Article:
Group 1-513-874-7326
A guide to choosing the right company for your industrial sewn products  How to Choose the Right Manufacturer for Magnet Assemblies  3 positive signs you’re on the path to success as a start-up business  Rare earth metals for green energy - what this means for Net Zero  3 tips on how to overcome labor challenges in the Manufacturing Sector  Two trends to follow to future proof your business in 2023  TyTek Industries guide to load cells and their applications  The global supply chain in 2023: what to watch out for  What are rare earth magnets and their applications? TyTek Industries explains…  What factors will be shaping the future of the global supply chain?  

Facts vs Fiction: The Coronavirus Myths Dissected

The coronavirus also referred to as COVID-19, has injected a state of fear into the global population. As we write this article, there have been more than 200,000 cases and 8,000 deaths across the world. In less than three months, the disease spread from Wuhan, China to every continent on earth except Antarctica. The world news headlines continue to scaremonger civilians with twisted versions of the truth, rumours have begun flooding through communities, spreading misinformation on how to prevent contracting the disease.

In this week’s blog we will dissect some of the most common myths that are currently circulating the internet, using official government information to help you understand how best to stay safe.  

 1. Can cold weather kill the coronavirus?

External temperatures will not affect the spread of the coronavirus, the human body temperature will remain at an average of 37°C, regardless of the external weather.

To protect yourself and the people around you it’s imperative to frequently clean your hands using alcohol-based hand sanitisers or washing them with soap and water for 20 – 30 seconds.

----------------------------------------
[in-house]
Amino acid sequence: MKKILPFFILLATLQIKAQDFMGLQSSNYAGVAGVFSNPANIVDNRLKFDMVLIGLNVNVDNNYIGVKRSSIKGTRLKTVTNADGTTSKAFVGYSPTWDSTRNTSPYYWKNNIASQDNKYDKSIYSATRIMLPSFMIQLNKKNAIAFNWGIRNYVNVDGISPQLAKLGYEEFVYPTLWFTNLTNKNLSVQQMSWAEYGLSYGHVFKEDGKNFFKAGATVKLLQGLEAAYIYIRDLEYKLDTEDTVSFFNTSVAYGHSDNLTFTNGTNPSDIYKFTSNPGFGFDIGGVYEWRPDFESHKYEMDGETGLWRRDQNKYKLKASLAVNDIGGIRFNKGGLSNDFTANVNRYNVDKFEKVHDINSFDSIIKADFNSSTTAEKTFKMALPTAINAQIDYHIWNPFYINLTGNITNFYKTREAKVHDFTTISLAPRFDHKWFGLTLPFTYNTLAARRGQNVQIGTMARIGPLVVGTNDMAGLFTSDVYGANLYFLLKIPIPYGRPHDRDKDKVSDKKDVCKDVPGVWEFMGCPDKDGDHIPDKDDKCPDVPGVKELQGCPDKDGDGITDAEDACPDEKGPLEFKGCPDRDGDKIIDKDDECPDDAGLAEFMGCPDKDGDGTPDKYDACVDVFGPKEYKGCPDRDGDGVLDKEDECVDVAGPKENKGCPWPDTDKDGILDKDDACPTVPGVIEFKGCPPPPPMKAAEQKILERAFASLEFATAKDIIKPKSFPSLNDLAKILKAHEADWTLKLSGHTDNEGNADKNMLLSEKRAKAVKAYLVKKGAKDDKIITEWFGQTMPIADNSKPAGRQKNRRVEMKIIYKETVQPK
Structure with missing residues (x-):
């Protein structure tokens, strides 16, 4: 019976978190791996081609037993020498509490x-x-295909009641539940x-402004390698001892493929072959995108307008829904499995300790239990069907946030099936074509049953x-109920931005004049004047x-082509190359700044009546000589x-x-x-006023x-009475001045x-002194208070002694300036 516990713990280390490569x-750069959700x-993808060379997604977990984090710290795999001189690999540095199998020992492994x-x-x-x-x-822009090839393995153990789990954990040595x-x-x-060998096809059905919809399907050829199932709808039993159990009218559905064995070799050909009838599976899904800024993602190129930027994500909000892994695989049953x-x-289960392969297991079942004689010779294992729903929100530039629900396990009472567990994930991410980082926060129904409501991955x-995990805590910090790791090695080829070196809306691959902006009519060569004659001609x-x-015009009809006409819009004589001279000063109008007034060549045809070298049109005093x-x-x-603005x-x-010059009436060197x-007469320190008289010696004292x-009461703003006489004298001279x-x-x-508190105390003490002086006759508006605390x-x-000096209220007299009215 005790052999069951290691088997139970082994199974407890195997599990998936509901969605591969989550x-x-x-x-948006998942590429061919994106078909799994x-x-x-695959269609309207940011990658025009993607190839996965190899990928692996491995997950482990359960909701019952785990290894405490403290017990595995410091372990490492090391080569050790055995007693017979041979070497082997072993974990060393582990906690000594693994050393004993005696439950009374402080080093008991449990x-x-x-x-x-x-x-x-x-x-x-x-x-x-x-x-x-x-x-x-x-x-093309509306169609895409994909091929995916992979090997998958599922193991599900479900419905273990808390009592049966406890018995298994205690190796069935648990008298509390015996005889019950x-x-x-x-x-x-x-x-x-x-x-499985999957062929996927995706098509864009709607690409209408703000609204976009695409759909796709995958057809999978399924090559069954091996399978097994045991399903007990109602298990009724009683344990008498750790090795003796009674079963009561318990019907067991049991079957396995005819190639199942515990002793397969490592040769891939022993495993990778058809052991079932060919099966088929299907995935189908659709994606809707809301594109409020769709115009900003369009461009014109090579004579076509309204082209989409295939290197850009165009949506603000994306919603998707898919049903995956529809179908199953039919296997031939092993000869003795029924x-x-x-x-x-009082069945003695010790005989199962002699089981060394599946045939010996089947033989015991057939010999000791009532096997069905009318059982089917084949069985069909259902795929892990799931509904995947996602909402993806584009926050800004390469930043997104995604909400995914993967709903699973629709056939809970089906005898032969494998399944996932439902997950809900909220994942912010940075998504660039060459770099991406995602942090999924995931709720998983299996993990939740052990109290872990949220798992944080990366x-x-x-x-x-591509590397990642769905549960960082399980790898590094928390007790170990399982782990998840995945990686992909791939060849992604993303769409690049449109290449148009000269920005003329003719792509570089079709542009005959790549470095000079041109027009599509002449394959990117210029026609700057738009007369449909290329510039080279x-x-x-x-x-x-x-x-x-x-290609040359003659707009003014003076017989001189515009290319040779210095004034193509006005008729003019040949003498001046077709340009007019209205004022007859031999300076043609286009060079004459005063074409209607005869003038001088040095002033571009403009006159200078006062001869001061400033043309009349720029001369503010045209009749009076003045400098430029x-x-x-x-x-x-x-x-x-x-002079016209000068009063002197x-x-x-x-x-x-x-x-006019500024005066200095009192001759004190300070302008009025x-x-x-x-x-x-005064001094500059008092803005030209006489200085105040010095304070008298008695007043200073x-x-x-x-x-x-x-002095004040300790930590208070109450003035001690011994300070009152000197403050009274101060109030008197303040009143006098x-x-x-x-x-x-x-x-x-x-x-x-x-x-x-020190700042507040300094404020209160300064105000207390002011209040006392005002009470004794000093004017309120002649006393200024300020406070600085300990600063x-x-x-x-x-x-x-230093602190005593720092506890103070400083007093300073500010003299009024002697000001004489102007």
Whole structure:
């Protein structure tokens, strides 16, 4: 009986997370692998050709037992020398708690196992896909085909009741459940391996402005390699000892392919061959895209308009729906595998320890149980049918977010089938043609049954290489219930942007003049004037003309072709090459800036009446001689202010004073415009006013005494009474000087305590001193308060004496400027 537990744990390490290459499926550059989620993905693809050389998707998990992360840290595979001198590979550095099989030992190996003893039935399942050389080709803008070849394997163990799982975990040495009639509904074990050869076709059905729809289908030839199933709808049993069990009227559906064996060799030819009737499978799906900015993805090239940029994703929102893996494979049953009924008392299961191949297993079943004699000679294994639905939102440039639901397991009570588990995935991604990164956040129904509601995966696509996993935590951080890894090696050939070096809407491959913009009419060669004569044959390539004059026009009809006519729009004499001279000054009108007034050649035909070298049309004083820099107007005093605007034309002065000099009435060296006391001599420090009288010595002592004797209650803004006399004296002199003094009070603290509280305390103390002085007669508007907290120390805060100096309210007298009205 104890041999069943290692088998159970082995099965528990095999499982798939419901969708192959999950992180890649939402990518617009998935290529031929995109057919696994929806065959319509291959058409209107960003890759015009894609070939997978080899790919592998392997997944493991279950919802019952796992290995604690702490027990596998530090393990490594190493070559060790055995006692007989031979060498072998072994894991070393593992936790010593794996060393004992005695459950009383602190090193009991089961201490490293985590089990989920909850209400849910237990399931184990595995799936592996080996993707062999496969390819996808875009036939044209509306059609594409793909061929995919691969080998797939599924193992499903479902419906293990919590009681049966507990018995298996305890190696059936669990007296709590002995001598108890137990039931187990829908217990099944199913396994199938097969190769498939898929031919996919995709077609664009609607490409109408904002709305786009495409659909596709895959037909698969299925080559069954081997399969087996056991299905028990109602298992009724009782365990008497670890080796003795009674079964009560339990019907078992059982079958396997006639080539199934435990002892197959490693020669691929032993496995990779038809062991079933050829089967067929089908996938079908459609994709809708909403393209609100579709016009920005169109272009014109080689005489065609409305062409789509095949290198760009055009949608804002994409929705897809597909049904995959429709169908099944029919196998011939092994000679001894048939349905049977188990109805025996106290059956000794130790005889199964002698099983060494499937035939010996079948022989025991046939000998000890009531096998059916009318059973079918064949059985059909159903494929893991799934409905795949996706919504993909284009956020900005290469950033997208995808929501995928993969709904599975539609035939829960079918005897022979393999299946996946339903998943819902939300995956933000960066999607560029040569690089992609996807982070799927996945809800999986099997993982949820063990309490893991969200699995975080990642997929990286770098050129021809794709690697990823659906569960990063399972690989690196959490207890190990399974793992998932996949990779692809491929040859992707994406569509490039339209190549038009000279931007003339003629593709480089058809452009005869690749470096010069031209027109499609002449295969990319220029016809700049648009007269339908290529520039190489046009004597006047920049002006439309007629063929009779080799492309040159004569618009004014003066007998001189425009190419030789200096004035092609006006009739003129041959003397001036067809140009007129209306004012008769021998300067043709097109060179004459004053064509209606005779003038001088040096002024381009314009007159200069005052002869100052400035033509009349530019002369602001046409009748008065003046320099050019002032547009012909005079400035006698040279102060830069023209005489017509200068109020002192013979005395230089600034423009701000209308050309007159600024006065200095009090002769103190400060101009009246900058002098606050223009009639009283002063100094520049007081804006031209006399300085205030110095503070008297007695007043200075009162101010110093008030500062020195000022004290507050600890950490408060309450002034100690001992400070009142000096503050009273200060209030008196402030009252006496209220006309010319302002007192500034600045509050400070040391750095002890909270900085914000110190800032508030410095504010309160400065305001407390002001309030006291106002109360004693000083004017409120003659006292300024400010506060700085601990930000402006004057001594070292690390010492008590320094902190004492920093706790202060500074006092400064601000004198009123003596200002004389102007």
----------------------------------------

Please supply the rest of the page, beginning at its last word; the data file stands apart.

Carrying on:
2.Will face masks protect you against coronavirus?

Healthcare professionals wear tight-fitted fast masks around the face to protect them against infection. Research suggests disposable face masks are unlikely to provide the same protection.

As these masks do not fit neatly against the face, droplets can still enter the mouth and nose. Also, tiny viral particles can penetrate directly through the material.

“There is very little evidence that wearing such masks protects the wearer from infection,” Dr. Ben Killingley, Consultant in Acute Medicine and Infectious Diseases at University College London Hospital in the U.K.


3. How effective are thermal scanners in detecting people infected with the new coronavirus?

Thermal scanners are able to detect people who have developed a fever, which may be caused by the coronavirus or a milder disease.

Although, people who contract the coronavirus may not develop a fever until 2 - 10 days after being contaminated with the disease.

“Thermal scanning at airports detects less than 1 in 5 passengers arriving from a 12-hour flight who are infected with the new coronavirus,” London School of Hygiene & Tropical Medicine (LSHTM).


4. Are there any specific medicines to prevent or treat the new coronavirus?

There is currently no specific medicine recommended to prevent or treat the coronavirus.

Those infected should take appropriate measures to relieve and treat systems, however those with severe illness should reach out to medical professionals to obtain optimised supportive care.

Clinical trials are currently underway to develop specific treatments for the disease.


5. Has 5G has caused the coronavirus?

A Facebook post has made claims that 5G is the cause of the coronavirus, this is incorrect.

There is no evidence that 5G is harmful to humans. 5G is the next generation of wireless network technology which is transmitted over radio waves.

The International Commission on Non-Ionizing Radiation guidelines suggest, “Radiation up to 300GHz can cause adverse health effects, whereas the maximum for 5G will probably only be in the tens of GHz."


Here at TyTek Medical we provide pre-hospital emergency equipment for medically trained first responders and civilians. Ryan Burke, the Director of Emergency Preparedness at TyTek Medical, volunteered at the Butler County Emergency Operations Center, helping prepare hospitals and public health officials for a rise in critically ill patients. His time was spent coordinating the allocation of PPE Resources, planning/briefing calls with State EMA, Public Health and Community Partners and developing the Situation Report which provides status updates/situational awareness.

To find out more about the time-critical emergency supplies we offer visit the TyTek Medical website today. Remember, be safe, be vigilant, be prepared.